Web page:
Tuesday, September 02, 2008

Journey To The End

A few days before my grandmother died this year, my mum and I were talking about how she just wanted her to finally "go with my grandfather and into the gates of heaven." Her last few weeks on earth seemed to be the most painful to her -- physically! It is not so much that my mum was being mean or selfish for saying that, but you had to be there to know what she means. I would fly home quite frequently to visit her in fear that I may never be able to do it again. And every time I'd see her, my heart broke a little.

Just like anyone laying on the deathbed, there came a point where she stopped waking up and opening her eyes, her hand grip became almost non-existent, oxygen had to help her breathe as she started wheezing, and she stopped eating (the nurse had to feed her through a tube). I couldn't stand looking at her in that state. I was extremely thankful to the nurse for being so compassionate -- she would comb my grandma's hair lovingly, put lipstick on her from time to time and lathered her face with moisturizer to keep it from peeling. May God bless her kind soul.

The nurse also told me that there were times when my grandma would call out my grandfather's name (he died some 25 years ago) in the middle of the night. Goosebumps populated my epidermis all over my body -- she was already being fetched. I knew it was all she had been waiting for.

The ground beneath me stopped moving the day I got the dreaded phone call from my sister that my grandma died. I was in the middle of the pavement on the way to the grocery store then. I found a small rock to sit down on and dialed up my mother's number to confirm the news. She picked up clumsily and started spewing incoherent words in the middle of sobs and chokes on the phone. I whispered a few words of assurances but we both knew that it was only for the best.

I sat on that rock for several minutes trying to process everything that just happened. My brain was chanting "she's dead, she's gone, she's dead, she's gone" and effectively, I knew it was my cue to cry for my loss. I waited for the tears to come... none. I went to the grocery, bought a few knick-knacks, went home, sat in bed... still no tears.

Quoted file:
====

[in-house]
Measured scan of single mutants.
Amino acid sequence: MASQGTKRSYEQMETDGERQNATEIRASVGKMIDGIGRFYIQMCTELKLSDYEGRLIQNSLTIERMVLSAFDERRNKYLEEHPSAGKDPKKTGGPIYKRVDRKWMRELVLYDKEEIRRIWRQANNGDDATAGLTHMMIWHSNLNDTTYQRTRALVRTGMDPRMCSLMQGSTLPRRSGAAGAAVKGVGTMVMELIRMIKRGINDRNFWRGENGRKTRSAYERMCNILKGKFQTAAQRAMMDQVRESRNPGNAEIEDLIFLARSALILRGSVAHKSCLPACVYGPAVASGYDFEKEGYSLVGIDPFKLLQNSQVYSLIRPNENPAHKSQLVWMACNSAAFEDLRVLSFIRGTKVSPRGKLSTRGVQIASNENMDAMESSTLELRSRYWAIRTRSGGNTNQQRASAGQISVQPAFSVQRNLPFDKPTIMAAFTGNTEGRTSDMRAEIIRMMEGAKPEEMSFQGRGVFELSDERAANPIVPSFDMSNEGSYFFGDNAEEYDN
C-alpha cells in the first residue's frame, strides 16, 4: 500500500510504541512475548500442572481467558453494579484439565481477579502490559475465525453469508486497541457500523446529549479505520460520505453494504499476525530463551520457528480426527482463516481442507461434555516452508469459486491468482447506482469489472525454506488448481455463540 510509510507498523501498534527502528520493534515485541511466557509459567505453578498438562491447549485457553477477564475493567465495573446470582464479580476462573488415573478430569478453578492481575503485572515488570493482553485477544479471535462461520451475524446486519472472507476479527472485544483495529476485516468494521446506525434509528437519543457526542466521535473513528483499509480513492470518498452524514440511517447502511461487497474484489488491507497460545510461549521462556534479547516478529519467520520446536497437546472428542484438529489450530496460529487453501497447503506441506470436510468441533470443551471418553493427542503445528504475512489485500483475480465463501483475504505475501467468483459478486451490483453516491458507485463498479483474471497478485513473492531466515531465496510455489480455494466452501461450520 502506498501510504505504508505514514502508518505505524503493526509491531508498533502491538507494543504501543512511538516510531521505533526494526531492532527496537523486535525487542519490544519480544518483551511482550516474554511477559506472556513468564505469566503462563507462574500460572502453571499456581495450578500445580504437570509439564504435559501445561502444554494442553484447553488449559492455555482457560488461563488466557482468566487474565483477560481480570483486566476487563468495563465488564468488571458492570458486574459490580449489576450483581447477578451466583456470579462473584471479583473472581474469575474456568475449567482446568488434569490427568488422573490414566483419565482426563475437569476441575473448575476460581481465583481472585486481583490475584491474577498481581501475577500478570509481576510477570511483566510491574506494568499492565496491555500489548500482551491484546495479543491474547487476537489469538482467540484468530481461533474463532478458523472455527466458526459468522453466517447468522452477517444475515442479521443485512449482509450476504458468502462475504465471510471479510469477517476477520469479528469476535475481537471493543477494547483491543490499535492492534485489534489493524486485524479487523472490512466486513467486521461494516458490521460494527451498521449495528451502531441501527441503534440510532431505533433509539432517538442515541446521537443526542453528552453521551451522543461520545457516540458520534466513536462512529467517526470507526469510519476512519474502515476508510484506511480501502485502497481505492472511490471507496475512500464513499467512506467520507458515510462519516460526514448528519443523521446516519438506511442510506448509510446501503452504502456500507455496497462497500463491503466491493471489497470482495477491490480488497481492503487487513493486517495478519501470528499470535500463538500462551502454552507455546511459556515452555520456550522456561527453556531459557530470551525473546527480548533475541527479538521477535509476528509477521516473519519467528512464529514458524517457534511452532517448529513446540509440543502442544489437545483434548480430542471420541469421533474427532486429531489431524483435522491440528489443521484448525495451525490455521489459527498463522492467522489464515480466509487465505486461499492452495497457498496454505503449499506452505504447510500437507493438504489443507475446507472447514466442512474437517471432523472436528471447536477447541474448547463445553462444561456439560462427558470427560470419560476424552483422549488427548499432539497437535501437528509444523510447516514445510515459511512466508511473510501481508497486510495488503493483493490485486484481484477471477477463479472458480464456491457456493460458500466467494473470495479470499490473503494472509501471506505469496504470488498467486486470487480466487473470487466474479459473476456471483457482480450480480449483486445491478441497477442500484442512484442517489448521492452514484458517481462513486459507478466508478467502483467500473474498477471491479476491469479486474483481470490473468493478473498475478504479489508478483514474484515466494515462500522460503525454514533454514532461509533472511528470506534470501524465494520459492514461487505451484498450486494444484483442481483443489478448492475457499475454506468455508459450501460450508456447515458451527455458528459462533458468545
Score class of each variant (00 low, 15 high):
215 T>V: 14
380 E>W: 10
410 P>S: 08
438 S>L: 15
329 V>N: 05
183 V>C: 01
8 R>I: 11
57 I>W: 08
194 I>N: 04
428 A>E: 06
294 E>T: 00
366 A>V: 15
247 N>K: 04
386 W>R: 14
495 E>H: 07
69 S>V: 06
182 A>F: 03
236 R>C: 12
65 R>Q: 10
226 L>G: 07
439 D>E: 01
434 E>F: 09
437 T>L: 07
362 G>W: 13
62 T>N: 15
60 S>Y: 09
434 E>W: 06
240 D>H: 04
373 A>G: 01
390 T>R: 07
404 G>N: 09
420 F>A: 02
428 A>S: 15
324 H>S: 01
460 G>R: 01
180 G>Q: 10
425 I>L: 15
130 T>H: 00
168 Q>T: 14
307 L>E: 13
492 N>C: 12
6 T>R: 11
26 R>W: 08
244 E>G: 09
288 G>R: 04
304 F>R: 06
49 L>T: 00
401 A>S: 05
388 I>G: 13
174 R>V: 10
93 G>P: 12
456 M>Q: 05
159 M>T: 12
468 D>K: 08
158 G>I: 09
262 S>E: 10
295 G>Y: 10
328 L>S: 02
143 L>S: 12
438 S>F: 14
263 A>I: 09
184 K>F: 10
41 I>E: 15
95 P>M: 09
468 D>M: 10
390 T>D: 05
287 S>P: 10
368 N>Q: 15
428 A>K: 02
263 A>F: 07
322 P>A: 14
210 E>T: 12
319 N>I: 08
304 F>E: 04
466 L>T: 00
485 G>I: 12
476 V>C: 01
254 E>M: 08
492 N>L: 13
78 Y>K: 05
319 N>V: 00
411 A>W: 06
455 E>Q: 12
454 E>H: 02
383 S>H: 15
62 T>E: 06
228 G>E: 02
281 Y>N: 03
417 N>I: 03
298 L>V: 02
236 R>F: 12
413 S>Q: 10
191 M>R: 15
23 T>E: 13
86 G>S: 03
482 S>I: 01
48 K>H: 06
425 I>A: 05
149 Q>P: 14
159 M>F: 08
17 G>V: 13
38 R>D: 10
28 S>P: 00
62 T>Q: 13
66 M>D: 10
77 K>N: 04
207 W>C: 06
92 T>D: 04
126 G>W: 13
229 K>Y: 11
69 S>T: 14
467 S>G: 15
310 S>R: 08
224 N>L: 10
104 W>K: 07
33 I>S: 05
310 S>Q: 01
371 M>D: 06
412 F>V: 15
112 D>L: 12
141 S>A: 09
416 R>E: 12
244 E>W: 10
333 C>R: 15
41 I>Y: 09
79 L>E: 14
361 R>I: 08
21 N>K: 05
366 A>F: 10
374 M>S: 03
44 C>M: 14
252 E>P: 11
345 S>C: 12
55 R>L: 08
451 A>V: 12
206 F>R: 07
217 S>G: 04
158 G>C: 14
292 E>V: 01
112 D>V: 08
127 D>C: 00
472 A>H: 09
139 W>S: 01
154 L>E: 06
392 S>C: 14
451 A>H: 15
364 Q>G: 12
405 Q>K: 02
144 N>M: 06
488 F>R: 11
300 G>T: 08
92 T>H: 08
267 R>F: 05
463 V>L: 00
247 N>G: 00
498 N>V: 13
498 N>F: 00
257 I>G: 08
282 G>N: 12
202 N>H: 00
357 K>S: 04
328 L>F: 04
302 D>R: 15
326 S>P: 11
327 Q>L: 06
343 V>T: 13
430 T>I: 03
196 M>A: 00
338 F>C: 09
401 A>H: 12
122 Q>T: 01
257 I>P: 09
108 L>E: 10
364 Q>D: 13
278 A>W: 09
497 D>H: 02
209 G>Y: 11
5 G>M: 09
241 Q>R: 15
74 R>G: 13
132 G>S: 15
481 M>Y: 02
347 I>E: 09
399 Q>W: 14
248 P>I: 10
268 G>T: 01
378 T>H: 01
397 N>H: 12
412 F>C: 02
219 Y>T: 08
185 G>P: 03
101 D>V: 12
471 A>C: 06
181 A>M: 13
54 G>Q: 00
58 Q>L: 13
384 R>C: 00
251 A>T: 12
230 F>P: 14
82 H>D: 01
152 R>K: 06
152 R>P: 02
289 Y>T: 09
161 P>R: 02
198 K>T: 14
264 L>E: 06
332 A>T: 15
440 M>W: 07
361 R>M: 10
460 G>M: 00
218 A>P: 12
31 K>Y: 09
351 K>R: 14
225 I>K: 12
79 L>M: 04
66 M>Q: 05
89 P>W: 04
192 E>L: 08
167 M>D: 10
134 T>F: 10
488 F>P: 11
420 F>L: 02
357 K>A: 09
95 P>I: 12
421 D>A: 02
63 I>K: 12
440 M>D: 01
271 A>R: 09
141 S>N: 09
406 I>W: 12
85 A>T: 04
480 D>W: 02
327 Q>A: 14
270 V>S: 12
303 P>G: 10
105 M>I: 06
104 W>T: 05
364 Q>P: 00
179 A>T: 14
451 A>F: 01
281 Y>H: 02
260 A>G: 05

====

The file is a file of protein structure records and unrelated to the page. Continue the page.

I prayed for my late grandma's soul and looked back on my lovely memories with her. Still no tears.

For a while, I felt guilty for my lack of tears. Why was I not mourning? Could it be that I've been expecting her death for so long that the nightmare's realization became almost anti-climactic?

It was only recently that it dawned on me that I was actually happy for my grandma that she's in a far better place than the rest of us -- she's happy with the Lord, with my grandpa, in paradise. Why cry when you're feeling only happiness for someone? Sure, I'm sad for my family's loss but ultimately, we are happy that she is finally delivered from pain and suffering and that she has fulfilled a full life... and is now with her maker.

She lived a full life. Now she has reached its end and is embarking on the next journey -- one that is still unknown to the rest of us. We could only pray for her journey's success and her peace.

I miss you greatly, Lola, I love you. We all do.

I'm no longer sorry for not crying when you passed away. I only feel happiness for you and not grief. I'm only sorry that I can't be with you right now... but at one point, I will be. I hope you're there when it's my turn to take that journey. I will have a lot of stories to tell you.